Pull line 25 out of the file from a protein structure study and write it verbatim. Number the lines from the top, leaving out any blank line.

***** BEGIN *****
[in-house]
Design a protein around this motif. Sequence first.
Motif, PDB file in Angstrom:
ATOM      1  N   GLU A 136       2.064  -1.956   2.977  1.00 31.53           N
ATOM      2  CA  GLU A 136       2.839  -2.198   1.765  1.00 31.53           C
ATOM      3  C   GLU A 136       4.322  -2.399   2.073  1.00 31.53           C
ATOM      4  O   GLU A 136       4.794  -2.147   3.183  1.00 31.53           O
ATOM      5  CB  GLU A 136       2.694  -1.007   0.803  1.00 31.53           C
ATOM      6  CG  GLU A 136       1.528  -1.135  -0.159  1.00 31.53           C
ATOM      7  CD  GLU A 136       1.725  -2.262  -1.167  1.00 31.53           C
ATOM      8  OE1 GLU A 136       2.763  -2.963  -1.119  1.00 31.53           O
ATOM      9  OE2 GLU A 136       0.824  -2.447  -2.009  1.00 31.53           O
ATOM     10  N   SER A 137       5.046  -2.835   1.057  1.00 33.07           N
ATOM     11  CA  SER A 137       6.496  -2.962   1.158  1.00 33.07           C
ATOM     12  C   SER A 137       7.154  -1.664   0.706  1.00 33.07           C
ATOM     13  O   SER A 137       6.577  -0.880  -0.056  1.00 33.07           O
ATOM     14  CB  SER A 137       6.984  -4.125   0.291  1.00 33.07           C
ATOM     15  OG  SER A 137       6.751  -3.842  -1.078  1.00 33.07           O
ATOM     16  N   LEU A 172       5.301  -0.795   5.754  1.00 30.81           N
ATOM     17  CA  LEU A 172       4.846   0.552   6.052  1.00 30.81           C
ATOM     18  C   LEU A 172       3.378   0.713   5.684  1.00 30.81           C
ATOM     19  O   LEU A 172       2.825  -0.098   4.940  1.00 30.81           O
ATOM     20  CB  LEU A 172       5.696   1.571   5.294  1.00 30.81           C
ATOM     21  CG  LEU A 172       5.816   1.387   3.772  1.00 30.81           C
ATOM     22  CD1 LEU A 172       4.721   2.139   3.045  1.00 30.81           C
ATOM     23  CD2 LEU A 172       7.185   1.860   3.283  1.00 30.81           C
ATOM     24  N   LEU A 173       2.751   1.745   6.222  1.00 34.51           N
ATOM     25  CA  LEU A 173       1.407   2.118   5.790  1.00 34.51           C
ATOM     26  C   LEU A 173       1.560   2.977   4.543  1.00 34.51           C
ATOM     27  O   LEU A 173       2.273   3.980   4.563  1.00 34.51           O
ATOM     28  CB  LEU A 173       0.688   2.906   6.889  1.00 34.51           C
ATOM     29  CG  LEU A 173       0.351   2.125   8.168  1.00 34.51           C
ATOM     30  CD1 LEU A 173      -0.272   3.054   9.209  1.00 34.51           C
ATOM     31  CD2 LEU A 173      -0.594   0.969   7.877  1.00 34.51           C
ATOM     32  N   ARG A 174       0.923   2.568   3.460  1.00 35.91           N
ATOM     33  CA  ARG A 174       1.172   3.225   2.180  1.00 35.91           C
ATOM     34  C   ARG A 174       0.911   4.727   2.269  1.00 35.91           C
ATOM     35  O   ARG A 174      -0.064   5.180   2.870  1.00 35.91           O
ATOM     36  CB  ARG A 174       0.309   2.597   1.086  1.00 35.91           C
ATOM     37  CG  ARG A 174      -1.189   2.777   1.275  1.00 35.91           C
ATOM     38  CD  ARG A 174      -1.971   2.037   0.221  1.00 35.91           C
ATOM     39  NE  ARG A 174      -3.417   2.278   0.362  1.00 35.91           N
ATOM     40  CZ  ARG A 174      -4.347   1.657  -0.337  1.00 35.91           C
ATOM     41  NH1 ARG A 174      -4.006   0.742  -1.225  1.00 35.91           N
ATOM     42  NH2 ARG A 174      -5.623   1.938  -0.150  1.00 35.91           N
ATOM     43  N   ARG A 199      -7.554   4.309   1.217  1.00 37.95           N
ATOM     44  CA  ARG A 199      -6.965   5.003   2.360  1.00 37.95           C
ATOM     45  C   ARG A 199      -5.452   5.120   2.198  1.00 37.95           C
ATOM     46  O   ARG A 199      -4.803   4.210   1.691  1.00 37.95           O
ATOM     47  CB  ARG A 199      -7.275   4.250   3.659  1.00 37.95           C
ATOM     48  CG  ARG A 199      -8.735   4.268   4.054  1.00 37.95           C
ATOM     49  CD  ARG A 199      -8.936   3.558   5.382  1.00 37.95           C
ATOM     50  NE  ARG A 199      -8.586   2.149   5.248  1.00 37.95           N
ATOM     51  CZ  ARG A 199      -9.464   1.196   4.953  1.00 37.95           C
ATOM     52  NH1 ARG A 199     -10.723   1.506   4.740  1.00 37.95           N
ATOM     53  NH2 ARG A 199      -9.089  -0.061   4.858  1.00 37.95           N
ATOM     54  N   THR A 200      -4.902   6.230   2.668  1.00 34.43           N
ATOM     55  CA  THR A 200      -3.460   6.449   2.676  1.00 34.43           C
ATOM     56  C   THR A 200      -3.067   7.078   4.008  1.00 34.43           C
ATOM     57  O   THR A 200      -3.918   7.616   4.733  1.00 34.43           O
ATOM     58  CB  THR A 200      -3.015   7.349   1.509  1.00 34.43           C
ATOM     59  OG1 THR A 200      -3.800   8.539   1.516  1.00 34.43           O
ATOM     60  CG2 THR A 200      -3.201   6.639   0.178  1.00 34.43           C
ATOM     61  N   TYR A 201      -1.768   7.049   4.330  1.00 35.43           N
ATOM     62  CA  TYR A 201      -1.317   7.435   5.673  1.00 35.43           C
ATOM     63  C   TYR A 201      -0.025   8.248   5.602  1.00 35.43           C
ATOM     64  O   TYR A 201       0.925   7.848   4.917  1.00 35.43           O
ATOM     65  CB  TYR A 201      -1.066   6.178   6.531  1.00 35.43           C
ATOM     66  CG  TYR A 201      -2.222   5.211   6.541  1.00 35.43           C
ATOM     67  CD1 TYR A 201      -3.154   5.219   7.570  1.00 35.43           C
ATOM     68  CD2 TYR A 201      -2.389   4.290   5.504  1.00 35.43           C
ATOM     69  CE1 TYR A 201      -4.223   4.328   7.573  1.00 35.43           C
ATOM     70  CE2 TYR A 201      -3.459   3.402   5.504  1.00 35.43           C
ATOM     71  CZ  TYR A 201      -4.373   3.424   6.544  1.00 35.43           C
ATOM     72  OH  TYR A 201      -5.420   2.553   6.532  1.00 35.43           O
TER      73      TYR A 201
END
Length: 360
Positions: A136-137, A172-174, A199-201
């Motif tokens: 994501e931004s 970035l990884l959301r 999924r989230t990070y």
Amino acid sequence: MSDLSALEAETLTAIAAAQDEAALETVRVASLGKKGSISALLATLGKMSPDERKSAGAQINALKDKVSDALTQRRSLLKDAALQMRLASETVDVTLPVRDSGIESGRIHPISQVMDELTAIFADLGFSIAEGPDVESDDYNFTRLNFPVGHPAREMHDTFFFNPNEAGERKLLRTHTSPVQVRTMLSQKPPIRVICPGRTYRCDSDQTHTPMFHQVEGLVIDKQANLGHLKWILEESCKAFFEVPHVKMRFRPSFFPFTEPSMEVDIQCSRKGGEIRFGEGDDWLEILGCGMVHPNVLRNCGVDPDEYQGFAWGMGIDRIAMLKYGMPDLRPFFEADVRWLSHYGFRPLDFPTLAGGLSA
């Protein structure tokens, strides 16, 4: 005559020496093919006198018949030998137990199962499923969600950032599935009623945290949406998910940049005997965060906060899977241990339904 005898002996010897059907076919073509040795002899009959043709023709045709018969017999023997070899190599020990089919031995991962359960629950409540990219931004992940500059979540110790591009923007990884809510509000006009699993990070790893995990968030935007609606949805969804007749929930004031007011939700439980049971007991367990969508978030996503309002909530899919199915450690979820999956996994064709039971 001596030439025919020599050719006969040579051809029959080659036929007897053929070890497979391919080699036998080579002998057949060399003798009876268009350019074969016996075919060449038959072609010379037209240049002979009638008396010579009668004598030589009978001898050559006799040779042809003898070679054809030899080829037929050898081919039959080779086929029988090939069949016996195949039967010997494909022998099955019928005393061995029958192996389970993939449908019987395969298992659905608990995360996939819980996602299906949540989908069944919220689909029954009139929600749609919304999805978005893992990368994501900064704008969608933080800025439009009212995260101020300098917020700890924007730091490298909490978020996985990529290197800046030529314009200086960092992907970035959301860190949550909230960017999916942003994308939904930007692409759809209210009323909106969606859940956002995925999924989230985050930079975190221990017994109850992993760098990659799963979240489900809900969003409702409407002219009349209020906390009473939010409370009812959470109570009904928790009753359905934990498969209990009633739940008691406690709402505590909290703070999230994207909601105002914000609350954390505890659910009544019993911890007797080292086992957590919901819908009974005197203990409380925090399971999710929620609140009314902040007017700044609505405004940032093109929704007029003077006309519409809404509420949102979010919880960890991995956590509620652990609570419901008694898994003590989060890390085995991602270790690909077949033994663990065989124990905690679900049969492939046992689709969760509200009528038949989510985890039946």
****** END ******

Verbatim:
ATOM     22  CD1 LEU A 172       4.721   2.139   3.045  1.00 30.81           C